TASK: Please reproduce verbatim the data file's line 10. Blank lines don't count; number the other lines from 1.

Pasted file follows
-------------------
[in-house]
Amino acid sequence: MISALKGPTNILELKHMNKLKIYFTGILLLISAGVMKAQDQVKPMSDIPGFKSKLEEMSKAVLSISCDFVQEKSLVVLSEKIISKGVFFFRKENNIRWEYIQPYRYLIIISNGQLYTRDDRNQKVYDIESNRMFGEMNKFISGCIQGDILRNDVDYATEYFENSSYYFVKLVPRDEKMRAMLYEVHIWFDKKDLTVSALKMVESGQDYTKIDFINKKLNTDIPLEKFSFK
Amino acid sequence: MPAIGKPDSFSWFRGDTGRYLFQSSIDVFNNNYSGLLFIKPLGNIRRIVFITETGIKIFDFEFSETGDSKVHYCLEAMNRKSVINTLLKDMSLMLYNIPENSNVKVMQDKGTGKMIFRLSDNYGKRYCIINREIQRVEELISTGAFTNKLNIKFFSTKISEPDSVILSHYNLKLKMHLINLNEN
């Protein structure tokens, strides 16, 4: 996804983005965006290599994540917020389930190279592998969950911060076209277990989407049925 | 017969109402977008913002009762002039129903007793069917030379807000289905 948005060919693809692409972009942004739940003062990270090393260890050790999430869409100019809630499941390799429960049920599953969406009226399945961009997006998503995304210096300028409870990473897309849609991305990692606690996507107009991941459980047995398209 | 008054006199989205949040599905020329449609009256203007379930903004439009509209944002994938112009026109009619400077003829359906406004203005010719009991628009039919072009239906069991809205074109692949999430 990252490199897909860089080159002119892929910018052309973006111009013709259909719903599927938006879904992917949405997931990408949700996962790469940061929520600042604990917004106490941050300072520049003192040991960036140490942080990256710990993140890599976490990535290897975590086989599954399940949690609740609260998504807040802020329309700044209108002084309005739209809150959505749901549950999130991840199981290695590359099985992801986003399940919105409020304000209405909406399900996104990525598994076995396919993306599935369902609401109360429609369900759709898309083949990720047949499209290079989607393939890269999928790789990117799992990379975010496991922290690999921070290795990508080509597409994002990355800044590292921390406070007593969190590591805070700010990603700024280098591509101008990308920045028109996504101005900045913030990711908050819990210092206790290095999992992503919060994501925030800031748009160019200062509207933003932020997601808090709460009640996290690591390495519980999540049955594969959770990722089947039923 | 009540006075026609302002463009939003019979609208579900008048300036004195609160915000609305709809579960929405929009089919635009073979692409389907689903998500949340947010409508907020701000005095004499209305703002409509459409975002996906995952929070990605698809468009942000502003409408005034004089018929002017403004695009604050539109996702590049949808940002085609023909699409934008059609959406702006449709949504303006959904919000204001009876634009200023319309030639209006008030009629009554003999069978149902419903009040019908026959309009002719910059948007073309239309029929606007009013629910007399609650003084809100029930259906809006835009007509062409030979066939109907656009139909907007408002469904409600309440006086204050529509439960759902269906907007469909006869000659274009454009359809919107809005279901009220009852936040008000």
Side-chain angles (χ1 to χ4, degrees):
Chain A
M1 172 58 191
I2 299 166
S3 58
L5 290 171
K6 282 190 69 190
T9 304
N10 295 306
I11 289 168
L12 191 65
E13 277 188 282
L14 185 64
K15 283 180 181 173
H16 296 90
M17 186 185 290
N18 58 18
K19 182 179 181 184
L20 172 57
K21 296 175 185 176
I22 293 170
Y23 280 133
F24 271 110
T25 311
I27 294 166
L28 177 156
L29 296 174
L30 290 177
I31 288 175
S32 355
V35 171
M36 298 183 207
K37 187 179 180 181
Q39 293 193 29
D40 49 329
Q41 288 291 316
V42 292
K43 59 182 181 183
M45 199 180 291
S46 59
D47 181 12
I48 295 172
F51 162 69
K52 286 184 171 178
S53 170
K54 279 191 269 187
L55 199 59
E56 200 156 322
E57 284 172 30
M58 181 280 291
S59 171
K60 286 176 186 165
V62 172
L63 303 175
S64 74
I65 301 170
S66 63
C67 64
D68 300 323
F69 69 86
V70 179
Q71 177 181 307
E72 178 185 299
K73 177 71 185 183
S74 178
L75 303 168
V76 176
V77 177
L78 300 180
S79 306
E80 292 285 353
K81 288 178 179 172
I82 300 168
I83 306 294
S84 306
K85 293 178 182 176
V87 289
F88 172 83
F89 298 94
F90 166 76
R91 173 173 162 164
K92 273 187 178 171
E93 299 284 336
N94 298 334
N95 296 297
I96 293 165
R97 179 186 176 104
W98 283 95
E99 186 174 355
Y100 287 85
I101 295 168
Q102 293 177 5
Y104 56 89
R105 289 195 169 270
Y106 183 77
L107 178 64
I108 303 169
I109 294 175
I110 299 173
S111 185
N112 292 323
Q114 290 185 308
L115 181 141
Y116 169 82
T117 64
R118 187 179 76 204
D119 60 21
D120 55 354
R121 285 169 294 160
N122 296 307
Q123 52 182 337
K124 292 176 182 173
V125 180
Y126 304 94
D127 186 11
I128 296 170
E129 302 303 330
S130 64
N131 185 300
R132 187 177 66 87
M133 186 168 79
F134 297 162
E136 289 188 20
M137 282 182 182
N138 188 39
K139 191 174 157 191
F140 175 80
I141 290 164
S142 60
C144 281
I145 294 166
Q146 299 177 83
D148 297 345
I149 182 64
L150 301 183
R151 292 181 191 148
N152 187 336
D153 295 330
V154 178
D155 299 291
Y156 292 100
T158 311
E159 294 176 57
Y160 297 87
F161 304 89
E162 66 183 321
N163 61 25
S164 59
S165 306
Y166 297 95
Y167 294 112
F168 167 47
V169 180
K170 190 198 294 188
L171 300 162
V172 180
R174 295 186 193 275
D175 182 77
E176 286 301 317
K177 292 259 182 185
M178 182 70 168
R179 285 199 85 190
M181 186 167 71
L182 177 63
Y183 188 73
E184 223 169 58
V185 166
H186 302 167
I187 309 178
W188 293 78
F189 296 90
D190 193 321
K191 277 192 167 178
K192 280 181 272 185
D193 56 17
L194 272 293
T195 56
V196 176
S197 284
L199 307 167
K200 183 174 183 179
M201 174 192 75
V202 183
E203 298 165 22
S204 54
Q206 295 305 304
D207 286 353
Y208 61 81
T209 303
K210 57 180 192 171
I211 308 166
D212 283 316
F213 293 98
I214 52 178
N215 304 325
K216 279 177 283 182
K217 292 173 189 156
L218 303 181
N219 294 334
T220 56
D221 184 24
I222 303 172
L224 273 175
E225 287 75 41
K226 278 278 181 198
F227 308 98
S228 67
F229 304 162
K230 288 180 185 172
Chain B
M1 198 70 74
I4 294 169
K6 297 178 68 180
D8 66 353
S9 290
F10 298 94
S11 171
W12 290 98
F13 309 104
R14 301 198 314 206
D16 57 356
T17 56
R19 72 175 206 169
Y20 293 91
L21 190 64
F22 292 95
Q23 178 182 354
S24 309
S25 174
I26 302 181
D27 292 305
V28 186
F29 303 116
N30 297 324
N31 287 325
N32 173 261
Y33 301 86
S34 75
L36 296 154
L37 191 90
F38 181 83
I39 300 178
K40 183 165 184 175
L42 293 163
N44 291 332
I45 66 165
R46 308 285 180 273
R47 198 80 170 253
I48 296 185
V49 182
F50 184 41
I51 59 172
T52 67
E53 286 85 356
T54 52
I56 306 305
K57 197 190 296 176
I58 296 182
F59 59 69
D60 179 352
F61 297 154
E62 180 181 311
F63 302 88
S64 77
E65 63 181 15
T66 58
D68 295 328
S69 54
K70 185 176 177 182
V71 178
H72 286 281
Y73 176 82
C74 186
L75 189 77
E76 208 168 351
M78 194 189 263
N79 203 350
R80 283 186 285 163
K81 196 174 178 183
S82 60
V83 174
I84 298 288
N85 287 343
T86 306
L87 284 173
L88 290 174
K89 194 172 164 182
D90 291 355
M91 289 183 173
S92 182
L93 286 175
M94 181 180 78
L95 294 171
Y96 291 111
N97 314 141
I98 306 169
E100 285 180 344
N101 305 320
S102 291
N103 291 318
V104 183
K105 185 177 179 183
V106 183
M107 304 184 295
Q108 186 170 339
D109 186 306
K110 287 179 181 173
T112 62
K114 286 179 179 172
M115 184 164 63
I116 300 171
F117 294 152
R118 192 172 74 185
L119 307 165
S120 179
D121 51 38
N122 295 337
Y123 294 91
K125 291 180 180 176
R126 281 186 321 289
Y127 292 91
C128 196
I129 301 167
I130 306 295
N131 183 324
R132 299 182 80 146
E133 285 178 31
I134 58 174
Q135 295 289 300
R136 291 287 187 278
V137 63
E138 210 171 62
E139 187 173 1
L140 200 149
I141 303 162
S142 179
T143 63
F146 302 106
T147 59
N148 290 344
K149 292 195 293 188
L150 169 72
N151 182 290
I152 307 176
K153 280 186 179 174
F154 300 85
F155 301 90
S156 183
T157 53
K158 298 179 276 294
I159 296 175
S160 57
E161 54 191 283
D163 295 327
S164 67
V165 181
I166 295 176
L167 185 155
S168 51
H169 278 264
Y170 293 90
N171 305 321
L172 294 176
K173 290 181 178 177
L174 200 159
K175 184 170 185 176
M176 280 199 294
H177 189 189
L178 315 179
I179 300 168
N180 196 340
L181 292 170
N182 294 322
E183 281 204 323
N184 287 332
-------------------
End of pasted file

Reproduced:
L5 290 171